I think this problem is from Gallian, prof couldn't solve it. Notice that both polynomials have no roots. I tried to construct an onto homomorphism $\varphi:\mathbb{Z}_5[x]\to\mathbb{Z}_5/(x^2+x+2)$ whose kernel is $(x^2+x+1)$. The most obvious attempt is $\varphi(f(x))=a(x)f(x)$, but since the quadratics are relatively prime there's no natural way to do this. Any ideas?

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    $\begingroup$ Did you have finite fields? They are unique. And both things you mention are a field of order 25 $\endgroup$
    – Sorfosh
    Sep 18, 2018 at 22:30
  • $\begingroup$ Does $\equiv$ mean isomorphic? $\endgroup$
    – lhf
    Sep 18, 2018 at 23:05
  • $\begingroup$ @lhf yes, I was on the phone so couldn't check the tex character $\endgroup$ Sep 19, 2018 at 0:30
  • $\begingroup$ @Sorfosh prof mentioned that we result but we didn't see it in class $\endgroup$ Sep 19, 2018 at 0:31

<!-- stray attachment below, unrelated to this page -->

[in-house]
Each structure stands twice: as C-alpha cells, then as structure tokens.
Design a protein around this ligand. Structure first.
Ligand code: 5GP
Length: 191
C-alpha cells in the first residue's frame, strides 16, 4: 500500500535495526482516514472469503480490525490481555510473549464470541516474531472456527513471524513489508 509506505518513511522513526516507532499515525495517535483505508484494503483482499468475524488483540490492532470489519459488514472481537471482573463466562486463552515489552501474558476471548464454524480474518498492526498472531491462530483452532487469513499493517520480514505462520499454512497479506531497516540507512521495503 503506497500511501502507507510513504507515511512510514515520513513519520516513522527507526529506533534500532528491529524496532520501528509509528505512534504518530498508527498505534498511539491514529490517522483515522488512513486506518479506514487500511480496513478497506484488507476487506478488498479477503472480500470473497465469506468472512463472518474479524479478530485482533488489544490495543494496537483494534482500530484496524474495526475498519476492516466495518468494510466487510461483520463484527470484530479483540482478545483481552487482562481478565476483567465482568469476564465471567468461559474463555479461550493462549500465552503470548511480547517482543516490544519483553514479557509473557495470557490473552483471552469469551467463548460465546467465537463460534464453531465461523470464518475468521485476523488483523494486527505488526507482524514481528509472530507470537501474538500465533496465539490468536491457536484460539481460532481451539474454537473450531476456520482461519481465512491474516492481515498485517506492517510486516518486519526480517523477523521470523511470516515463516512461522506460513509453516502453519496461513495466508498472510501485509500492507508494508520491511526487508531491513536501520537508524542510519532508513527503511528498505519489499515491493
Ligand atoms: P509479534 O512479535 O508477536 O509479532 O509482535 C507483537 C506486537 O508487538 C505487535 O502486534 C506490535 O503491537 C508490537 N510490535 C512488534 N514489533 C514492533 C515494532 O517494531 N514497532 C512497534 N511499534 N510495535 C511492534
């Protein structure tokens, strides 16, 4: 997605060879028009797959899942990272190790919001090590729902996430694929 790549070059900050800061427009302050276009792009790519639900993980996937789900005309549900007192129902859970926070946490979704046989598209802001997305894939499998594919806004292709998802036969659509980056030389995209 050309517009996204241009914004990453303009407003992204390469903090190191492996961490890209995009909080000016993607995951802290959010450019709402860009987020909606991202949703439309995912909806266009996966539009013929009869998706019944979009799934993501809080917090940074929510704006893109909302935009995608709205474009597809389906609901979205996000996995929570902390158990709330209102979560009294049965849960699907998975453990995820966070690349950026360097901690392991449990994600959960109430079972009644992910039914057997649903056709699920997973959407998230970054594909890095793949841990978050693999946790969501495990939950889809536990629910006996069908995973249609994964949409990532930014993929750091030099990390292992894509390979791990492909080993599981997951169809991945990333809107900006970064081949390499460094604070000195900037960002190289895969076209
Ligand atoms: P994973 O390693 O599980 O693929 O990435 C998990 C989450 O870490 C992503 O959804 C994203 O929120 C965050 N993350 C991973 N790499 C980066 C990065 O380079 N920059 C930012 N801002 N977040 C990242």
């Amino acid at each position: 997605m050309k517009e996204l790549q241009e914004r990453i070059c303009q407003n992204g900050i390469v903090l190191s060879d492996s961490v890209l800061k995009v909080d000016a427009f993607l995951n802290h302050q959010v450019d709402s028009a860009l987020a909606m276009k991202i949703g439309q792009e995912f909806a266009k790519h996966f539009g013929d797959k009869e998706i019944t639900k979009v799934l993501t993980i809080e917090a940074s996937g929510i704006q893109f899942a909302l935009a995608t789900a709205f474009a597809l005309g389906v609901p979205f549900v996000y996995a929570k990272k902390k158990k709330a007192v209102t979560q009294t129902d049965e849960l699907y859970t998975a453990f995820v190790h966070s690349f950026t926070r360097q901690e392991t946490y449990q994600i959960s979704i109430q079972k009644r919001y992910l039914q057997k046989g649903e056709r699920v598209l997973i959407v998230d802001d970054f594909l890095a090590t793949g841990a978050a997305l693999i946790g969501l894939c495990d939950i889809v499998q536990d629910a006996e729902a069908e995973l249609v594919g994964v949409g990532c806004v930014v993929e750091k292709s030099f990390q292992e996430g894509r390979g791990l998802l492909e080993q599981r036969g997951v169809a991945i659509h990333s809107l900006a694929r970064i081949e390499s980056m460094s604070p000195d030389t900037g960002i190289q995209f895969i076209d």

2 Answers 2


Well, $x^2+x+1$ has for its roots the primitive cube roots of unity. So to get an isomorphism from the field $\Bbb F_5[x]/(x^2+x+1)=k$ to the field $\Bbb F_5[t]/(t^2+t+2)=\ell$, you have to find a cube root of unity in $\ell$, call it $\beta$. Then your isomorphism takes $\bar x$ (in the quotient ring $k$) to $\beta\in\ell$.

On a relatively philosophical level, this interesting problem shows why there is no “the” field with $25$ elements: any two are isomorphic, yes, but you have to construct the isomorphism, especially, as here, where there is no preferred isomorphism staring you in the face.


We wish to show that $\mathbb{Z}_5[x]/(x^2+x+1) \equiv \mathbb{Z}_5[y]/(y^2+y+1)$. Suppose that $x \rightarrow ay+b$ , consider where $x^2$ is mapped to gives \begin{eqnarray*} 4a+2b&=&4 \\ b^2+3a^2&=&4b+4 \end{eqnarray*} and by inspection this has solution $a=3,b=1$. One can verify that $x \rightarrow 3y+1$ maps $x^2+x+1$ to zero (in light of $y^2+y+2=0$).

  • $\begingroup$ But would this map be a homomorphism? It doesn't seem that f(x+z)=f(x)+f(z). $\endgroup$ Sep 25, 2018 at 16:25

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